Recruiters’ pre-assessments and notes can be helpful for two reasons: First, they prove that someone has checked basic facts about you, like whether you have a work permit and are really open to a new job (many people send around CVs for other reasons, for instance, because they are bored, yes, really). Second, without proper notes about yourself, you might not get the attention you deserve. I had several clients telling me:
Iwan, I wouldn’t have hired this candidate if it weren’t for your notes about them.
To find out whether you are working with a bad or with a good recruiter, ask them:
“How often have you met the firm you recruit for and what did they tell you that isn’t in the job advert?”
I recommend asking this in a call because it is harder for the recruiter to lie on a live call than via an asynchronous email. If they give an answer that doesn’t sound off, then you’re good to continue. You recognize a bad recruiter, if the answers are too wishy-washy — here examples:
Likely a bad recruiter: “I am in touch with the client over email.” *switching topics*
Likely a good recruiter: “I just was at their office and had a briefing with Mike, the hiring manager, he gave me a demo of their app, and I must say it has awesome UX. The salary range is X to Y. Are there any other specifics I can answer for you?”
If the answer is detailed and comes fast, you can go ahead. And there is one more thing you can do:
After you have given them the details about you and about which jobs you are looking for, let them repeat this back to you. This is to check if they understood what is important to you. If they fail to repeat what you told them, it means they failed to listen and won’t be able to represent you well to companies.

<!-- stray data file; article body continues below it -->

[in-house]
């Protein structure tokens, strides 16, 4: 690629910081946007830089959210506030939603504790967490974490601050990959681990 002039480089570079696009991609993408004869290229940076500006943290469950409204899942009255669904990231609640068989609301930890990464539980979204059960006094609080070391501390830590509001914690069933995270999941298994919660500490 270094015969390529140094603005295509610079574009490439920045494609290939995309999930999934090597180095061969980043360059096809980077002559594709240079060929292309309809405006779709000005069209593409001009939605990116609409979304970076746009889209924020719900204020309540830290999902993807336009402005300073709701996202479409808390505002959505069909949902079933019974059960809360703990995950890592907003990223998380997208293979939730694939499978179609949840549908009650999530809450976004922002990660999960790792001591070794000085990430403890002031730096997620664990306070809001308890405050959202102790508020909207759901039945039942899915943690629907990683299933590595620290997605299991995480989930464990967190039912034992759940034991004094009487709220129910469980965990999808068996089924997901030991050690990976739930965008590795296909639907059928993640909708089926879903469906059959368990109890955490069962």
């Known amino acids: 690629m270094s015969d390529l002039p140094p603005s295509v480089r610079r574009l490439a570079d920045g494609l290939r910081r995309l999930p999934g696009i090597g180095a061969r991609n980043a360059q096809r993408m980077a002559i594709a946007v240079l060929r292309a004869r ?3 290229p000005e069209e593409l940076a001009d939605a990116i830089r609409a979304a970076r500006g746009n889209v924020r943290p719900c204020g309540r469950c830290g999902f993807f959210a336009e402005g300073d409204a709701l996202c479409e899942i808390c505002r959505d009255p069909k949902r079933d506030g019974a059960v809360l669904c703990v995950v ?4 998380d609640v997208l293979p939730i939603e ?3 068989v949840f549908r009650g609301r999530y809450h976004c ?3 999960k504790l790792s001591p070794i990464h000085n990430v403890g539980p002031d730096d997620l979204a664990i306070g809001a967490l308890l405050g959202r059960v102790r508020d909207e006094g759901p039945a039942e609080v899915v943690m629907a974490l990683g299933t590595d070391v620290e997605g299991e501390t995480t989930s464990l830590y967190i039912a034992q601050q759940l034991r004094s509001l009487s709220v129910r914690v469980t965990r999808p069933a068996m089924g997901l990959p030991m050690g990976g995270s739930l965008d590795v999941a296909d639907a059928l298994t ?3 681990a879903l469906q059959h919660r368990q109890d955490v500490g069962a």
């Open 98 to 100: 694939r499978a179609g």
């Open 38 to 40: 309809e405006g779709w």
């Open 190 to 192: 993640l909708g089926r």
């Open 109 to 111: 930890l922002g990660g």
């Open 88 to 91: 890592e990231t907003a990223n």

Great recruiters will by themselves — without being prompted for it — repeat back to you what you told them to double-check if they understood everything right.
As recruiters, our lives aren’t easy. When we are in the heat of the moment we often need to choose between the chance of making a lot of money with dubious means plus little chance of getting caught ( “oops, I thought they agreed that I send their CV around”), or leave money on the table by doing the right, long-term thing. The kind of action your mom will approve of and on which you will look back on your deathbed and think: “This was the right thing to do”. Often, sadly, immediate money is more appealing.
Bad recruiters aren’t necessarily bad humans. Bad behavior can be a reaction to candidates and companies treating them badly. Only the best recruiters can shake off past bad experiences and keep their behavior ethical with a new client or candidate albeit the previous ones screwed them. (How candidates and clients screw over recruiters is the topic for another blog post.)
Naval’s infamous Tweet said “play long-term games with long-term people”. For the sake of your career, you need to understand who plays which game. I hope this article helps recruitment agencies, candidates, and clients to work better together.
If you like my writing style, you might also enjoy:
- Why software engineers don’t get jobs: Four horror stories
- As a web developer, should you switch to a more niche field?
- Five years after moving to Switzerland. Why I am still here
- Nine reasons why I moved to Switzerland to work in tech
- Switzerland: How buying real-estate can kill you financially and two reasons to go for stocks instead
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Originally published at https://coderfit.com on December 27, 2020.